How Matthew McConaughey’s ‘Dazed and Confused’ role launched his career

How Matthew McConaughey’s ‘Dazed and Confused’ role launched his career

It was the moment Matthew McConaughey became Matthew McConaughey.

The actor, playing chilled-out high-school grad Wooderson, leans against a wall with drink in hand. He asks a current student how the latest crop of freshman girls are looking, then applies his Texas drawl to deliver a soon-to-be immortal line: “That’s what I love about these high-school girls, man. I get older, they stay the same age.”

Watching from the sidelines, the film’s editor turned to the producer and said, “This is a movie star.”

The movie was 1993’s “Dazed and Confused” and the proclamation was especially bold because McConaughey didn’t have a particularly big role. It was just his first film. But “Dazed and Confused” provided much of the foundation for who he would ultimately become in Hollywood.

“This movie is his origin story,” says Melissa Maerz, author of “Alright, Alright, Alright: The Oral History of Richard Linklater’s Dazed and Confused” (Harper), out now.

In 1992, McConaughey was a University of Texas film student who’d been in a few commercials when “Dazed and Confused” came to Austin. The movie, directed by Richard Linklater, would follow a group of high-school students as they party, smoke pot and hang out on the last day of school in 1976.

Casting director Don Phillips was having a drink at his hotel one night when the bartender phoned his friend McConaughey to say he should come down and meet the Hollywood player. He did, and won a role by chatting about golf and sharing a joint with Phillips.

McConaughey based his character of Wooderson, a 20-year-old weirdo still hanging around with the high-school kids, on his older brother, Pat.

“When I was 11, his Z28 broke down, so Mama was gonna pick him up from high school, and I’m in the back of the car,” McConaughey says in the book. “We’re drivin’ around, lookin’ for him, and I look out the back window, and I see this iconic silhouette of this guy leanin’ against the wall, knee kicked up, in the shade, smokin’ a cigarette.”

McConaughey loved Ted Nugent, so a costume designer took Nugent’s album “Tooth, Fang & Claw” to a local Kinko’s and had a T-shirt transfer made of the cover image.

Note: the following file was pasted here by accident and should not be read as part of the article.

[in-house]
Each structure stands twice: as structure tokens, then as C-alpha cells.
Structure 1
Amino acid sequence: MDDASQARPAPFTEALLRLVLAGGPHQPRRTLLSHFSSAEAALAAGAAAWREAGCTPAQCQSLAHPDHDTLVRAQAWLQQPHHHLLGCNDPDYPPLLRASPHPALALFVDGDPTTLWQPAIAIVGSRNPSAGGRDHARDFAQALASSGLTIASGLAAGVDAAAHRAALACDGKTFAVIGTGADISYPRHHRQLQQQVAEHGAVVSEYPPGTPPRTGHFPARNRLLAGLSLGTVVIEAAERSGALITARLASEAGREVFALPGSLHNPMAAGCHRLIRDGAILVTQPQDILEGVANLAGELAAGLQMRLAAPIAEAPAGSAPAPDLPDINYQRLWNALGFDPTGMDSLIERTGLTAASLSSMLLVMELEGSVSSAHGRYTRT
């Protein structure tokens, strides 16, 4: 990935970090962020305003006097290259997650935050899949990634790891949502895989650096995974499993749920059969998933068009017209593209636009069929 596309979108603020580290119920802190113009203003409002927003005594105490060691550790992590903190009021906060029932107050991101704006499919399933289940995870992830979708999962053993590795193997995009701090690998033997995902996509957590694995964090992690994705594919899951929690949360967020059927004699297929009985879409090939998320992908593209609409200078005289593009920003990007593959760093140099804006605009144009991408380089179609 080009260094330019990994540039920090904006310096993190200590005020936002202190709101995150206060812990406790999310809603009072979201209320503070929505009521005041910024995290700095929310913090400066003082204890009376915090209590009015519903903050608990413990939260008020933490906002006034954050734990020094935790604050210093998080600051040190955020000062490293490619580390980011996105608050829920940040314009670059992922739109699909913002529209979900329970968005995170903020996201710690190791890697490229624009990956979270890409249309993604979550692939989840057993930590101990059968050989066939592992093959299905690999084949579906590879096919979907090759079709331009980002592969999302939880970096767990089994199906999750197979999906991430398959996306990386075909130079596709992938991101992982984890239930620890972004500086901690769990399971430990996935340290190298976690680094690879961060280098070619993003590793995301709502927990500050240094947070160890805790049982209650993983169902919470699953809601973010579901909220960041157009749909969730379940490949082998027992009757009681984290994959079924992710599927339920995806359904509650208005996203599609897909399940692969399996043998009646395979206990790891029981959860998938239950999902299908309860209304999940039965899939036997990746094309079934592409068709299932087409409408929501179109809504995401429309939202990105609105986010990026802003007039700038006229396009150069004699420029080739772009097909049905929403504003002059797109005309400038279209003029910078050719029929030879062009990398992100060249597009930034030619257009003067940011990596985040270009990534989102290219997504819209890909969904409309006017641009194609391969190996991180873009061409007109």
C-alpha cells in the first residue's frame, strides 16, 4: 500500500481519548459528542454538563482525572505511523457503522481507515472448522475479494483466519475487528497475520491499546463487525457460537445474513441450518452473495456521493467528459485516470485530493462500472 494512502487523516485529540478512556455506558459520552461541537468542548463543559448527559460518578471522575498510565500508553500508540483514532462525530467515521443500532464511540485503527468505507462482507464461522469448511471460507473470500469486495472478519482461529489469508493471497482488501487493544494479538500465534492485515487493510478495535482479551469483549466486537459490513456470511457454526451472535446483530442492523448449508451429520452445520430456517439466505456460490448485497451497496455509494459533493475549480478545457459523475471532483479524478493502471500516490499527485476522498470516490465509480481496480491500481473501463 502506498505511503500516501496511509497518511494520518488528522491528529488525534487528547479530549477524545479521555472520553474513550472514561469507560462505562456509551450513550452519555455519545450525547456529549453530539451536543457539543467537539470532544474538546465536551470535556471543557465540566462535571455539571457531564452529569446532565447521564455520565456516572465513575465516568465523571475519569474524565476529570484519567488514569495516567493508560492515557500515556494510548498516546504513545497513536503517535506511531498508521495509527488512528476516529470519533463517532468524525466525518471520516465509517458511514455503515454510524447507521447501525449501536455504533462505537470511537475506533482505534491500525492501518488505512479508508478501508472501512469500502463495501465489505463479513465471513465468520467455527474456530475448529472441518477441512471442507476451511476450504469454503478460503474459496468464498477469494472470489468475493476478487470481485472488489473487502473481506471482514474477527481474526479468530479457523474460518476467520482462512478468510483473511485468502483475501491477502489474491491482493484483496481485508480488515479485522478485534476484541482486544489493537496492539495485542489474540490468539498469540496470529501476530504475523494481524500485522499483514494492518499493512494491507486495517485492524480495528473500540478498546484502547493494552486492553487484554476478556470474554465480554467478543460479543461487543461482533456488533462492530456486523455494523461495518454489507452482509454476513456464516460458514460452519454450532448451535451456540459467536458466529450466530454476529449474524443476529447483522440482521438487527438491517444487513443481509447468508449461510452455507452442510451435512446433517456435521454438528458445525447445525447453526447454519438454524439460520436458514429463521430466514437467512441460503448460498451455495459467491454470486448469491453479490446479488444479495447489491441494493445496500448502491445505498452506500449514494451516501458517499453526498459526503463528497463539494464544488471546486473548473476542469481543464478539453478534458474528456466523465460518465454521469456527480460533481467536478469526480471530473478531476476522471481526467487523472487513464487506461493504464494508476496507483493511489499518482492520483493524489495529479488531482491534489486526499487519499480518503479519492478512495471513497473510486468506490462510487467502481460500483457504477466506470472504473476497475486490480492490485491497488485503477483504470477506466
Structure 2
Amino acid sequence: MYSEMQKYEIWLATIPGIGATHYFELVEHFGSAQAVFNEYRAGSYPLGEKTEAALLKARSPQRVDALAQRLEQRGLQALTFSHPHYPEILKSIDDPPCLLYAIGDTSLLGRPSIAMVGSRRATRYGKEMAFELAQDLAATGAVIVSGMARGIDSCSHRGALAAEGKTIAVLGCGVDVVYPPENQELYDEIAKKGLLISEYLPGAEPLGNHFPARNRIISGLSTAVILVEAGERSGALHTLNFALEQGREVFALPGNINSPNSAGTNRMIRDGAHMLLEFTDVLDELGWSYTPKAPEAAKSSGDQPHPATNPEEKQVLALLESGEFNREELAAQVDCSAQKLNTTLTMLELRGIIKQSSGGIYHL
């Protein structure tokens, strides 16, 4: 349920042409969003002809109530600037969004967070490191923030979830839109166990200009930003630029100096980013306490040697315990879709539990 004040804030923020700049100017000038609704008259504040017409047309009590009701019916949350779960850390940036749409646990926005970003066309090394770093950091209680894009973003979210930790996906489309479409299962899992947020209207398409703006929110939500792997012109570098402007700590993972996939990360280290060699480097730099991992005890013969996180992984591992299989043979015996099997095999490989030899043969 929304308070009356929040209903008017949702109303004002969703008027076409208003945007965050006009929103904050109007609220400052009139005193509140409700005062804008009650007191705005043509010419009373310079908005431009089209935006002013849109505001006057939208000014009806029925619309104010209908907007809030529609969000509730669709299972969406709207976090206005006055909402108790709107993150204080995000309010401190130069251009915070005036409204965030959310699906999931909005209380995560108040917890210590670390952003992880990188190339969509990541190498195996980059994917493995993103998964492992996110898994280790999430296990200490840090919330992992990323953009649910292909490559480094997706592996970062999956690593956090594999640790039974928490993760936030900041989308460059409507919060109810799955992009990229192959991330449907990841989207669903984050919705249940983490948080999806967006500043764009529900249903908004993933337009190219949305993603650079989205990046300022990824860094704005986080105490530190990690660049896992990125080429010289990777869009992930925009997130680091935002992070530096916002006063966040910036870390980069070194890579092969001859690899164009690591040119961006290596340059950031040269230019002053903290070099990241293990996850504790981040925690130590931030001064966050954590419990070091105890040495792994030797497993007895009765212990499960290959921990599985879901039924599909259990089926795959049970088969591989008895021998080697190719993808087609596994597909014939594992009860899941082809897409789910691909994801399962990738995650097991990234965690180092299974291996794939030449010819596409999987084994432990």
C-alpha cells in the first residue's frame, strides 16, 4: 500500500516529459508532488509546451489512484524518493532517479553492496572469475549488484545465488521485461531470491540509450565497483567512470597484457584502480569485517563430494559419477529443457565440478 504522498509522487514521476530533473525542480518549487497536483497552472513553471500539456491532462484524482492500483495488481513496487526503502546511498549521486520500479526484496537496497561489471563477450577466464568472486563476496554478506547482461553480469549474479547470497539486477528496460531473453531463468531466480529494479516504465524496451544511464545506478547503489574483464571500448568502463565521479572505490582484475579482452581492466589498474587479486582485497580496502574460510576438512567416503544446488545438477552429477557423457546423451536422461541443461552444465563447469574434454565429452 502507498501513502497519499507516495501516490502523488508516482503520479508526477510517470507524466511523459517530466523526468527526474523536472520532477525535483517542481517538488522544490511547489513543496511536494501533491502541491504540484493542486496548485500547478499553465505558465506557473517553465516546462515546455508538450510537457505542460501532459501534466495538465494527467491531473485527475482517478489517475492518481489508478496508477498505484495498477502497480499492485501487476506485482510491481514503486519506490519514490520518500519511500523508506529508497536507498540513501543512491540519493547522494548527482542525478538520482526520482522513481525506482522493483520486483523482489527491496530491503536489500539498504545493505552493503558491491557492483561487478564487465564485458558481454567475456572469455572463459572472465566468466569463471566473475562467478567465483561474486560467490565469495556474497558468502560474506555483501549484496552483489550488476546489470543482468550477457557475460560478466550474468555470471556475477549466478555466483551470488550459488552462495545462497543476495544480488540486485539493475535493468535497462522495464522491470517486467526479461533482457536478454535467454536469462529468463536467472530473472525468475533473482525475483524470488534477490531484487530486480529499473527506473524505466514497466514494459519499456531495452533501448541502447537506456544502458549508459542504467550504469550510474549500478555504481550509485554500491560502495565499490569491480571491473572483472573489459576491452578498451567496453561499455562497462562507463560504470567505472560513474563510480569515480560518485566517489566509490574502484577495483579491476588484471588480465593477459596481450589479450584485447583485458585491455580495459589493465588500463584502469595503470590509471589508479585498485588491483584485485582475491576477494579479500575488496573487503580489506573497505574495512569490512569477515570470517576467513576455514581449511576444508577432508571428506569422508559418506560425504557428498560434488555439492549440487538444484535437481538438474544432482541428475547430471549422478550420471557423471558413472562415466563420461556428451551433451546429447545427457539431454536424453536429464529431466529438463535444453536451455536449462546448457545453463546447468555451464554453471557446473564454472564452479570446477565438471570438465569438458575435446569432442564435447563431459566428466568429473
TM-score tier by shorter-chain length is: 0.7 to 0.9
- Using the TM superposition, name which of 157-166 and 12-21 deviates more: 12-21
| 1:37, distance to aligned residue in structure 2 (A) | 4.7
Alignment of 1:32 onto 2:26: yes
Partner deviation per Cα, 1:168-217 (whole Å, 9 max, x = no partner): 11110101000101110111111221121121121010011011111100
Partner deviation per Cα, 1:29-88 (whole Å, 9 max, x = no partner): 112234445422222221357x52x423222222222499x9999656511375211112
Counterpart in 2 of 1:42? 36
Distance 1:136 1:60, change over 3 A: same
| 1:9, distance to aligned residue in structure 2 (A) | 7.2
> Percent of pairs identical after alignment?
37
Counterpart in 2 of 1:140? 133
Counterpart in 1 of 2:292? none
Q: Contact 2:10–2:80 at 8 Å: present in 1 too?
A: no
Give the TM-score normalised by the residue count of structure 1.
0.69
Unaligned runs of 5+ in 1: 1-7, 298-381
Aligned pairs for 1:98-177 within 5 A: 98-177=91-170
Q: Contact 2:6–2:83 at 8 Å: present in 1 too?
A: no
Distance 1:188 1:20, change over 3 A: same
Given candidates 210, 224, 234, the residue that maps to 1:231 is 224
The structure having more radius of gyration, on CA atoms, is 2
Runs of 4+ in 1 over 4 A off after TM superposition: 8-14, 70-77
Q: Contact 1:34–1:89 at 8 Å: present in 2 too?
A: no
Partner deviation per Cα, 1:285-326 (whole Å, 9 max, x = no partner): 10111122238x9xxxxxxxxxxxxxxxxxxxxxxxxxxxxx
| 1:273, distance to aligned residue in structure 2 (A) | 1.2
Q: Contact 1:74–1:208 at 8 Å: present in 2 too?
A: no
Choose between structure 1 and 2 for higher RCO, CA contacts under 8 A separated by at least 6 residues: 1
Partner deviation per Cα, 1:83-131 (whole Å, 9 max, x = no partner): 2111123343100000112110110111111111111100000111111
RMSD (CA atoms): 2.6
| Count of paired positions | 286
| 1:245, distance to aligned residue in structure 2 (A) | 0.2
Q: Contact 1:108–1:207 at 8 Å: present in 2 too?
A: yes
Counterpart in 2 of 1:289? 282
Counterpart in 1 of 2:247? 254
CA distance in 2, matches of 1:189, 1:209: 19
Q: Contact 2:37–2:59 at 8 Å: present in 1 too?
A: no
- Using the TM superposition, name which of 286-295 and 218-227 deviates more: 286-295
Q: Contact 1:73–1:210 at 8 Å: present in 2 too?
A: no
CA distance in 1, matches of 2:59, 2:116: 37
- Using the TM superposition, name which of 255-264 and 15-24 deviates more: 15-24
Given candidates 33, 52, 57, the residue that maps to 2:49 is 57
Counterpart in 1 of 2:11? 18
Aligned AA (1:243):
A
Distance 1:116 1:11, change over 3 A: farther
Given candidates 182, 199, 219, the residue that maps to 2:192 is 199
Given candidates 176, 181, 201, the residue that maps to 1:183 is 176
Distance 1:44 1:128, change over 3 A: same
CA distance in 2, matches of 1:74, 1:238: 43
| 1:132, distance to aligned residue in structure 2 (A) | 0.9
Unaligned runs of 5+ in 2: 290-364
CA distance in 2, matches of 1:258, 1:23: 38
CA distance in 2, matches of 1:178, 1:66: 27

Matthew McConaughey based his role on his older brother, Pat.
McConaughey came up with the catchphrase “Alright, alright, alright” for his character, who used it when cruising for girls.Gramercy Pictures (2)

McConaughey also spawned the movie’s eternal catchphrase, “Alright, alright, alright,” which Wooderson uses while cruising for girls.

The actor remembered a Doors live album on which Jim Morrison barks four “alrights” before a song. McConaughey borrowed it, reasoning that each “alright” would represent one of the four things that made Wooderson tick: his car, weed, rock ’n’ roll, and chicks. (McConaughey only delivered three because Wooderson hadn’t yet scored a chick for the night.)

“The minute he said that ‘alright, alright, alright’ thing, I just went, ‘Oh, my god, for the rest of time, people are going to be saying everything this motherf–ker says,’ ” set decorator Deb Pastor said in the book.

McConaughey also sparked the famous line during the film’s climax, where Wooderson tells Pink (played by Jason London), “You just gotta keep livin’, man.”

The line was inspired by the death of McConaughey’s father midway through production. He took a walk with Linklater, talking about mourning, and landed on what’s become known as the “jkl” philosophy.

“There’s a ‘just keep living’ decision with every single thing that I do,” McConaughey says. “I could also argue that every character I play is a ‘just keep living’ character.”

It’s a mantra that’s served him well. During the last week of the film’s production, McConaughey decided to move to Los Angeles and pursue a film career. He carved the phrase into his car and had it as his outgoing answering-machine message for a while. Twenty-seven years after “Dazed and Confused,” he is now an Oscar-winning icon, with a production company and charitable foundation both named Just Keep Living.

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